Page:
Syria economy unlikely to return to growth until 2020, BMI Research says

Syrian gross domestic product has halved since peak in 2010 before Arab Spring

Displaced Syrians queue up to receive food at the Al-Mabrouka camp in the village of Ras al-Ain on the Syria-Turkey border, where many Syrians who fled from territory held by the Islamic State (IS) group in Raqa and Deir Ezzor are taking shelter on August 24, 2017.  / AFP PHOTO / Delil souleiman
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Syria's economy is unlikely to return to growth until 2020, even though the intensity of the fighting in the war-torn country has slowed down this year, according to the latest report by BMI Research.

"Unprecedented levels of destruction, combined with large-scale emigration, will weigh on Syria's productive capacities in the long run. According to our estimates, the Syrian economy has more than halved since the start of the conflict," BMI said.

"The relative reduction of violence since the start of the year, and the introduction of de-escalation zones across the country, will ease the pace of devastation, but the economy remains  in the doldrums."

Syria's GDP dropped to US$23.6 billion in 2016 from $59.8bn in 2010, the last full year of peace the country has experienced. Violence broke out in the country in early-2011, following the events of the Arab Spring, which prompted the overthrown of governments in Tunisia and Egypt. Civil conflict quickly spread throughout Syria from March 2011 and has continued largely unabated ever since.

The World Bank said in July that the Syrian war has cost the country $226bn since the outbreak of hostilities and that from 2010 to 2015 more than 500,000 jobs were lost annually. The war has cost 320,000 people their lives, according to the Washington-based financial institution said.


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BMI noted that the destruction of infrastructure in the country would have long term consequences on the economy. In Aleppo, Syria's largest city, about a third of homes have been destroyed while two thirds of healthcare facilities in the city have been raised to the ground.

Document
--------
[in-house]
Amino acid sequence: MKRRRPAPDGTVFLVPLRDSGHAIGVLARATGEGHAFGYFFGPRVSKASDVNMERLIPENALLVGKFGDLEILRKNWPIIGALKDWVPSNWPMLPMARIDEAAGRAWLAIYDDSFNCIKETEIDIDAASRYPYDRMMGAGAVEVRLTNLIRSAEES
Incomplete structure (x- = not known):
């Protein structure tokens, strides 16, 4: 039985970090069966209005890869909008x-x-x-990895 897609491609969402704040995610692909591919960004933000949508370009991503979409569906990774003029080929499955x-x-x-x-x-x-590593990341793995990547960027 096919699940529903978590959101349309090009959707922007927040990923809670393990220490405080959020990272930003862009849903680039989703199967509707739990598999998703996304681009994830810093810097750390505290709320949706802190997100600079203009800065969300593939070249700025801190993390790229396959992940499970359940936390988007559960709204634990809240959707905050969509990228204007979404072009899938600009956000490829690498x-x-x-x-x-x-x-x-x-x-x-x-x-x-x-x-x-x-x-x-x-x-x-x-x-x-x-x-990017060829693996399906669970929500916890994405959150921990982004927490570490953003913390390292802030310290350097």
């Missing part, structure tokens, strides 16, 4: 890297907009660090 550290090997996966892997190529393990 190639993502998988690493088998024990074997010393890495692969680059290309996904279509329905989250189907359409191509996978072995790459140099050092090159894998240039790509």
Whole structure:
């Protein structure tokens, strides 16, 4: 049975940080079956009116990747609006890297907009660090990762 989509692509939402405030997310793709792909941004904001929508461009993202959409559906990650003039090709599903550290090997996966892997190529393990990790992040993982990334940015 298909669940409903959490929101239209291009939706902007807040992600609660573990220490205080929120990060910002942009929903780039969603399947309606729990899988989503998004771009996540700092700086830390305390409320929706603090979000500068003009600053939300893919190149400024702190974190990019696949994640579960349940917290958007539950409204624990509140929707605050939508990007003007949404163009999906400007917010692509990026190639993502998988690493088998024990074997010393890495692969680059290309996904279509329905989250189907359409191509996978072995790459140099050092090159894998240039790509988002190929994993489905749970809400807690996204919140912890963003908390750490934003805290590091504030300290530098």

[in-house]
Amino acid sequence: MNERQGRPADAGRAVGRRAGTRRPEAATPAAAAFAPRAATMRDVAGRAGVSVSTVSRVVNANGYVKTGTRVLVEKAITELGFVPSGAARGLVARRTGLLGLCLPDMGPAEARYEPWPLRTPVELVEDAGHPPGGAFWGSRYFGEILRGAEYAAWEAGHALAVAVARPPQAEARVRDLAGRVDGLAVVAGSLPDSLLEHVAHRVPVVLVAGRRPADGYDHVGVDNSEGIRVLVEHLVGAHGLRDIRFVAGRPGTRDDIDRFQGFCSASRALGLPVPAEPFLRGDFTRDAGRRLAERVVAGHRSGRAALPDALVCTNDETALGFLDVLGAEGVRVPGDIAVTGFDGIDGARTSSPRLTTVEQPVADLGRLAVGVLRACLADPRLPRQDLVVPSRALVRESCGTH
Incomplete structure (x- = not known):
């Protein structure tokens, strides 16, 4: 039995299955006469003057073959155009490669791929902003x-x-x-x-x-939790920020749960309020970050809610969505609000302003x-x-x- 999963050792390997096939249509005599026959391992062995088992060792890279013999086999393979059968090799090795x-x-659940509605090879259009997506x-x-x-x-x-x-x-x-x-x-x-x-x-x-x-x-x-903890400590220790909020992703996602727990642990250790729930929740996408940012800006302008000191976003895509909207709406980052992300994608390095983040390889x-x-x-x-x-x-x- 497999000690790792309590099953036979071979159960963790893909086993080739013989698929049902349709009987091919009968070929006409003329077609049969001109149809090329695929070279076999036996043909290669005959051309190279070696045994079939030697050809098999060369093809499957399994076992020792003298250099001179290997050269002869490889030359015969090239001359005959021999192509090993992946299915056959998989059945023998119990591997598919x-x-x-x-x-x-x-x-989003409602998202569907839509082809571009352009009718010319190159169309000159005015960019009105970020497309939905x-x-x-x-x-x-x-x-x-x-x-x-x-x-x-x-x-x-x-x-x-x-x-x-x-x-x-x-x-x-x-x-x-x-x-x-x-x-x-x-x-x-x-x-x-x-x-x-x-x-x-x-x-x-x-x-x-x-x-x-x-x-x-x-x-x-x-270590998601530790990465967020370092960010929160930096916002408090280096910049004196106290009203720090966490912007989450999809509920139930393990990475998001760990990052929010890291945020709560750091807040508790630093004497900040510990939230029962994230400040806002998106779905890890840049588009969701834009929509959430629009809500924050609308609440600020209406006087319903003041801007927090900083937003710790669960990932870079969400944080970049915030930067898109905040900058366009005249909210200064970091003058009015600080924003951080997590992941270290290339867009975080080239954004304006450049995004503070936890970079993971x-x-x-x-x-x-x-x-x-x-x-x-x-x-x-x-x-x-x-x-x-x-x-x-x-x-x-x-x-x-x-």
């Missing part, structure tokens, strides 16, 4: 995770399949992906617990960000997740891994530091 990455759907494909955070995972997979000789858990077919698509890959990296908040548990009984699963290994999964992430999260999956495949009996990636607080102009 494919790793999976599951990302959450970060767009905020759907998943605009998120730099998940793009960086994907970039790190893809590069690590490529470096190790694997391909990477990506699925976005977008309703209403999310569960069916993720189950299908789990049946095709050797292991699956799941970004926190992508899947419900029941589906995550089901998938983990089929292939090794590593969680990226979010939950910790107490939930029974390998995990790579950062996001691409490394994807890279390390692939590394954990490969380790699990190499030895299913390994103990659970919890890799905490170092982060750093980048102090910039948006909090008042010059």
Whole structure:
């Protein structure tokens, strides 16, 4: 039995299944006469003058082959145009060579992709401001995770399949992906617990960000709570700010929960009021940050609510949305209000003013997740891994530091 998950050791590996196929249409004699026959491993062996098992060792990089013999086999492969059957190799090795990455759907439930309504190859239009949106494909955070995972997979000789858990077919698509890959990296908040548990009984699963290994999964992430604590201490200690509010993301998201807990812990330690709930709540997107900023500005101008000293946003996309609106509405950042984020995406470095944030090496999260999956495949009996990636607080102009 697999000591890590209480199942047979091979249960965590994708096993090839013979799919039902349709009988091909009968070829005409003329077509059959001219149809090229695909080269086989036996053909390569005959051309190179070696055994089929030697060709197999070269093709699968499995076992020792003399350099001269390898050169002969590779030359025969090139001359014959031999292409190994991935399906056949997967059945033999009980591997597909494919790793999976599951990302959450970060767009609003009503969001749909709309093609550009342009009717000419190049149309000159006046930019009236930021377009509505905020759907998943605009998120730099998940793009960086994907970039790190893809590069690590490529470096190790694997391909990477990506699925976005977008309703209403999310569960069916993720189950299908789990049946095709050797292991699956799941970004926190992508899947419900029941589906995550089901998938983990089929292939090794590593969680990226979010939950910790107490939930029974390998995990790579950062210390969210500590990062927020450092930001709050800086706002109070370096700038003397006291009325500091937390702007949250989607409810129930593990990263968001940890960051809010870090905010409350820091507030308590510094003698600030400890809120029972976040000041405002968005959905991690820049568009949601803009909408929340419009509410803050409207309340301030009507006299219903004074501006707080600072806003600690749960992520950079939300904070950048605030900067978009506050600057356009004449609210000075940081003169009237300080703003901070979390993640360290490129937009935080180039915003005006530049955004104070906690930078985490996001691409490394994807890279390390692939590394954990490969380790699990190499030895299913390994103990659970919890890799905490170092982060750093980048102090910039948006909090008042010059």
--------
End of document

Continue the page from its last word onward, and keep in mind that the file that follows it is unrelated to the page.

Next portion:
"Syria will continue to face the effects of large-scale destructions over the coming decade, through their effects on human and physical capital," the report said.

"In more than six years of fighting, the country's infrastructure network has experienced significant damage, a phenomenon which has been particularly salient in areas controlled by Islamic State and by the opposition, which have suffered from heavy bombings from the US-led coalition for the former, and Russia - a main sponsor of President Bashar al-Assad's regime - for the latter."

Alongside the physical damage has been a massive depletion of human capital since the outbreak of hostilities began. Out of a population of 21m before the war, there are some 5.1m Syrian refugees registered outside the country and 6.3m that have been displaced internally. The humanitarian situation inside the country has been made worse by a sharp drop in cereal production, which fell 28 per cent year-on-year in 2016, but has shown some signs of recovery so far this year.

The cost of reconstructing Syria has been estimated at over $200bn and it's expected that Iran and Russia, the country's main backers, would lead efforts to help bring Syria back to its feet. China may also help but that would not be enough to meet the massive amount needed to repair the country.

"When the country returns to some kind of normality, we are looking at the international community having to lend a lot of money to rebuild it," said Pat Thaker, an analyst at the Economist Intelligence Unit in London.

"I wouldn't underestimate the ability of Russia and Iran to help in the reconstruction. They have their own economic problems, but they will be able to help. European organizations will also probably come up with a lot of the money. It will be in the interests of these countries too to bring stability and growth back to Syria."